Then there are nations with both restrictive legislation _and_ high rate of gun ownership, that do not have these issues. So one could argue that might be the way to go. For example, in my own nation (Norway) we have a high rate of gun ownership, but "for protection" is simply not a valid reason to buy a firearm. You buy one for hunting, or for sports. For handguns you need to pass a safety course and be an active member of a club for a minimum of six months, at which point you can buy a safe approved for firearms storage (requirements being designed to prevent the firearm from being stolen) and then _apply_ for a permit to purchase a handgun. Typically you'll get approved, but the police does check with your club so if you've been behaving like an idiot and ignored safety protocols and such, they'll let the police know. In other words, this serves to instill a mindset of safety with regards to firearms.

      Do I think that's the holy grail of how to sort out gun violence? To be honest, no. It works for us, because we are us. We're a society where people do not in general view firearms as something you need for protection. We don't sit on our back porch taking potshots at bottles (hey, I'm entitled to at least one stereotype here, I figured). Where police are still not generally armed. How can what works here be expected to work in a nation like the US, where the primary argument for gun ownership seems to be protection from your neighbors and your own government? Where there's a very real risk of a traffic stop turning into a shootout?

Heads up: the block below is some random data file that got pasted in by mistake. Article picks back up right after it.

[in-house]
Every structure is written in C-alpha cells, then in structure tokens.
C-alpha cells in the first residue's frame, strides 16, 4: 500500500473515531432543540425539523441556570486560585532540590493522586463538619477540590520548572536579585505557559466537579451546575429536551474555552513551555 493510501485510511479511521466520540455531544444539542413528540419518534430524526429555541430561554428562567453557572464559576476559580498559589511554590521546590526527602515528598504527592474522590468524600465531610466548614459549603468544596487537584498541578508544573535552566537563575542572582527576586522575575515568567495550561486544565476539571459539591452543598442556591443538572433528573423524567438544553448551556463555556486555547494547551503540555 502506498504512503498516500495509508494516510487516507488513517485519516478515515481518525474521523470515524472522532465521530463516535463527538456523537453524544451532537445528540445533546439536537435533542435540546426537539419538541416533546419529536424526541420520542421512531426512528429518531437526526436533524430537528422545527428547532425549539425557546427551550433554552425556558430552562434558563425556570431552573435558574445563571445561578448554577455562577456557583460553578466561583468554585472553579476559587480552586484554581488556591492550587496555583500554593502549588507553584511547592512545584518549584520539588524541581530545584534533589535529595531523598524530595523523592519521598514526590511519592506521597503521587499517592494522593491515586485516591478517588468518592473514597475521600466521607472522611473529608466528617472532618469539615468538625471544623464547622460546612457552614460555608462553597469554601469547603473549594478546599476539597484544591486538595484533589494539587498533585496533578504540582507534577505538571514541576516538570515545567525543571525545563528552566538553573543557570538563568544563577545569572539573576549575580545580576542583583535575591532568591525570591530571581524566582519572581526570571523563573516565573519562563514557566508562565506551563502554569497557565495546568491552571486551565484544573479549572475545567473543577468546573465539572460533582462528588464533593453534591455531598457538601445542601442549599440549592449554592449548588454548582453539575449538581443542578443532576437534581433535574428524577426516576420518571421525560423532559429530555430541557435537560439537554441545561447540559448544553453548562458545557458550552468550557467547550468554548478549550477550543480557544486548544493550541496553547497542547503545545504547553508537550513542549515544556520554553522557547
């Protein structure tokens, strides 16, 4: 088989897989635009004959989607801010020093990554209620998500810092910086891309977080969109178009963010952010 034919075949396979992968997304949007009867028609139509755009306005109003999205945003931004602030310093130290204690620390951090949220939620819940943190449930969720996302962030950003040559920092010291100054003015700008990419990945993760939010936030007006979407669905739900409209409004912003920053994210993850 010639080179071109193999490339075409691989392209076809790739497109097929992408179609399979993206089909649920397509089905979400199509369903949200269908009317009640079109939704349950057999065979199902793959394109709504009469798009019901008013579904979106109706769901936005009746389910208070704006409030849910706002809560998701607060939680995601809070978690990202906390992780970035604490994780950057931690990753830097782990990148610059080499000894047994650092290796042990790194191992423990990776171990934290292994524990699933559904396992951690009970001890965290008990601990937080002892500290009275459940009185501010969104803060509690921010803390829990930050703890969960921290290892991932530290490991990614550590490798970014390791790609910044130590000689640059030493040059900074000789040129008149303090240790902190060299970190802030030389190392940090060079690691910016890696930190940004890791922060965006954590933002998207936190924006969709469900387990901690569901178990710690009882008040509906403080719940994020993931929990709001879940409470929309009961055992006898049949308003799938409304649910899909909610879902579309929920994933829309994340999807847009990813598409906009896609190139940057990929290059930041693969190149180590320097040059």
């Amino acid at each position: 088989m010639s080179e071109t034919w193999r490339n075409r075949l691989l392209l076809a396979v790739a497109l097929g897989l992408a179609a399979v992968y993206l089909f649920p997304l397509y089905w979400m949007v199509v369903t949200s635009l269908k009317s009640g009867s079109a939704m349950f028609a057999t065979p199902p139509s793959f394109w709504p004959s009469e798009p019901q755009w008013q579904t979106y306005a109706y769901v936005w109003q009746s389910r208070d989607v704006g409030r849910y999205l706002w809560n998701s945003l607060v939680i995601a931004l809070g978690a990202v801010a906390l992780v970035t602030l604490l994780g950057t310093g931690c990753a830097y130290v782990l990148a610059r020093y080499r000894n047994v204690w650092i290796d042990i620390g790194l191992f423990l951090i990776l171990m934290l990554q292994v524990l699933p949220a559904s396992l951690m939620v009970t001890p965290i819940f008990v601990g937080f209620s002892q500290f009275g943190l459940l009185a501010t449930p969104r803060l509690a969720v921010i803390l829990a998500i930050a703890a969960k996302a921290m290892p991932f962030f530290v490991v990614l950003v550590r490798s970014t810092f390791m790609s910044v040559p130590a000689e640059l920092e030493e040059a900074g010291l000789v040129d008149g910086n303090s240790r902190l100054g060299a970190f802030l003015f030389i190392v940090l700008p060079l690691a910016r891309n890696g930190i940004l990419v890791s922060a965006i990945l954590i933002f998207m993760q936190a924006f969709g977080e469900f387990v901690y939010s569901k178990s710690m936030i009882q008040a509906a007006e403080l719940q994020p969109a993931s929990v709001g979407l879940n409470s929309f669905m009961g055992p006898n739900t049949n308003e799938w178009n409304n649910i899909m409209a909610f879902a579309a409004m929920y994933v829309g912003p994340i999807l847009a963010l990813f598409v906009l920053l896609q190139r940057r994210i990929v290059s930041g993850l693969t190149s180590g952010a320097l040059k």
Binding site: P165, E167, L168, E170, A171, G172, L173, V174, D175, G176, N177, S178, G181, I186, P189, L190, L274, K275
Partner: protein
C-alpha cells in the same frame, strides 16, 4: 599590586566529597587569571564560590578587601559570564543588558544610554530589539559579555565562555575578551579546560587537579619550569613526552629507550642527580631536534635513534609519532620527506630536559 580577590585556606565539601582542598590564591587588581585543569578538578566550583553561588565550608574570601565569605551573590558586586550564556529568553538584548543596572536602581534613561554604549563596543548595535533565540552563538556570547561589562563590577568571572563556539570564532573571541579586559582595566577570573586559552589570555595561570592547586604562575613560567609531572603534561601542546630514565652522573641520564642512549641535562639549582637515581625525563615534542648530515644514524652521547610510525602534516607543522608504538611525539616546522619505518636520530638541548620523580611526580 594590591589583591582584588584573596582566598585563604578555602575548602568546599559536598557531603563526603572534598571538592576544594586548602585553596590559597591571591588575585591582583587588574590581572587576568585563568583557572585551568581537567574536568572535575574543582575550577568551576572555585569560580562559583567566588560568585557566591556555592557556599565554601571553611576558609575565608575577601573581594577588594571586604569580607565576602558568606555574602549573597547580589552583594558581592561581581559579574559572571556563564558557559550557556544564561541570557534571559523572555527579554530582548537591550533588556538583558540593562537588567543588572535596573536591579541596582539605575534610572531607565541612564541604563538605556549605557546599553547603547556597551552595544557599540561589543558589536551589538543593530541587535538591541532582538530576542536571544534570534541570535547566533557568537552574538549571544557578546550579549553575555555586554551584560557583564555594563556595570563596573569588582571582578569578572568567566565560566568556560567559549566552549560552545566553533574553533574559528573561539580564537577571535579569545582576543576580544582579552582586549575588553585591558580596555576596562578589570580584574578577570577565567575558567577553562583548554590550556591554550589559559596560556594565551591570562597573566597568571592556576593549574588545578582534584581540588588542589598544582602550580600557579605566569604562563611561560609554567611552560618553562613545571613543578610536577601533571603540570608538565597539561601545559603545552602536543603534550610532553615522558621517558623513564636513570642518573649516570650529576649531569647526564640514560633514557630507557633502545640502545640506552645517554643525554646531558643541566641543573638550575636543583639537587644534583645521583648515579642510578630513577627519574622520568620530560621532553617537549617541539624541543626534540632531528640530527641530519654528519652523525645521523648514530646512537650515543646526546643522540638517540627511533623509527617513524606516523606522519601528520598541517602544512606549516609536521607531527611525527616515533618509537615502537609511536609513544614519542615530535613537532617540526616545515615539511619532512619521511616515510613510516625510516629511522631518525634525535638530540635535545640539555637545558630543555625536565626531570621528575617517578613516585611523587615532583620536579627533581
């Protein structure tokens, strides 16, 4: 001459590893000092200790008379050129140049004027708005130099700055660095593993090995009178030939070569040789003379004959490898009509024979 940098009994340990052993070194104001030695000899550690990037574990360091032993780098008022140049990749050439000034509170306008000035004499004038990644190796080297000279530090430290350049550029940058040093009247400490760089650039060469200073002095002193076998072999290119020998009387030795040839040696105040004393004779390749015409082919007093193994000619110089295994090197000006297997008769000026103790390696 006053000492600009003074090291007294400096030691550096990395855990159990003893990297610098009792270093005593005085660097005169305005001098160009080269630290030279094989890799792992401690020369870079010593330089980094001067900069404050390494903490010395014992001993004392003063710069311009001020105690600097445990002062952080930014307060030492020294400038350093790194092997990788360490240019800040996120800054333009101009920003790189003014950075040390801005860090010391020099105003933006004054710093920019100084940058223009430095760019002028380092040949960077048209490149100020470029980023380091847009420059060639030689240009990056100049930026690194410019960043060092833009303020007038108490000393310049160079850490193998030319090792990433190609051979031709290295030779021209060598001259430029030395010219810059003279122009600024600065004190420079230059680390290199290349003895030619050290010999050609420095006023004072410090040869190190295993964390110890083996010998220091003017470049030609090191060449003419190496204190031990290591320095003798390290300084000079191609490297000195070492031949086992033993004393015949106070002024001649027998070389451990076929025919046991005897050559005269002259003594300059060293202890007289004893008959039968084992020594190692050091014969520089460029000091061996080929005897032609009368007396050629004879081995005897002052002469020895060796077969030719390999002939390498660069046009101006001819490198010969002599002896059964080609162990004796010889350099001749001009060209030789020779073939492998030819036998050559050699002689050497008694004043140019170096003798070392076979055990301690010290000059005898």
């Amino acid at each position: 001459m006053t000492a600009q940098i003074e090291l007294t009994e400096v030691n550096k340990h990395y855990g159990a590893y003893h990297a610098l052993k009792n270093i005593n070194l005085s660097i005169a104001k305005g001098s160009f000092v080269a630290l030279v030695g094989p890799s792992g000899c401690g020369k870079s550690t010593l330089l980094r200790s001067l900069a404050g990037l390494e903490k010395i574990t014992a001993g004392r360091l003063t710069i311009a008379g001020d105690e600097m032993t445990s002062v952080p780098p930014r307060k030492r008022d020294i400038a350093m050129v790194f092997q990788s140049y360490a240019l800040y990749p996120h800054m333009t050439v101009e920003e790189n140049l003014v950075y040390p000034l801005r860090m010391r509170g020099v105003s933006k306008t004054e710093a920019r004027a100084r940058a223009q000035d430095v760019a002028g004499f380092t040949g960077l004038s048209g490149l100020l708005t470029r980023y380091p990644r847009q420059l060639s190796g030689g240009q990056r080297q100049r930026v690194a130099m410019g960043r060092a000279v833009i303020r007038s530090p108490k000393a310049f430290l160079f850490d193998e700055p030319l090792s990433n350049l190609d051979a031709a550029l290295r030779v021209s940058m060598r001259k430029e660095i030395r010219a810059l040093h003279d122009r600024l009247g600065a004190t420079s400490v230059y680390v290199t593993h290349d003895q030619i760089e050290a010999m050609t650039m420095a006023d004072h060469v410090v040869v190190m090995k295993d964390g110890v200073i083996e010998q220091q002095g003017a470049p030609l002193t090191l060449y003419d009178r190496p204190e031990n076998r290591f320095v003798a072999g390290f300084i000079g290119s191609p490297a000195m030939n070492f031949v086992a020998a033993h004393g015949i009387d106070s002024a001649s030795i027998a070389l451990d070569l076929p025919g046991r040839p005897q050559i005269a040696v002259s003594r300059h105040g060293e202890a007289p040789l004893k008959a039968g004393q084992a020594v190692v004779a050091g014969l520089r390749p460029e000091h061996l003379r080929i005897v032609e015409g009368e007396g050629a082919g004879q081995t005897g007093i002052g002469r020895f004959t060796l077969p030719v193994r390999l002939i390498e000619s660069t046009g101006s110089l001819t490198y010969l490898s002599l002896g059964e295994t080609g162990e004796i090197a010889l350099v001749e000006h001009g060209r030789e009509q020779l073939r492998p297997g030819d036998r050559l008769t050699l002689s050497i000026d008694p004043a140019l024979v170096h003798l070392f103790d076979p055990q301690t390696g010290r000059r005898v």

Now, I do think the US legislation and culture when it comes to gun ownership is nothing short of bonkers. That doesn't mean I can claim to know what might work to help solve it. Although I don't see many ways of making it worse, so just about anything seems worth trying.

      • by Solandri ( 704621 ) on Monday October 02, 2017 @11:13AM (#55293353)

        For example, in my own nation (Norway) we have a high rate of gun ownership, but "for protection" is simply not a valid reason to buy a firearm.

        The pattern I've noticed in the U.S. is that densely populated areas with relatively fast police response times (a few minutes) generally favor gun control. Sparsely populated areas with slow police response times (15+ minutes) generally favor individual gun ownership. The "you don't own a gun so you call someone with a gun (police) to protect you" argument has very different connotations depending on which type of area you live in.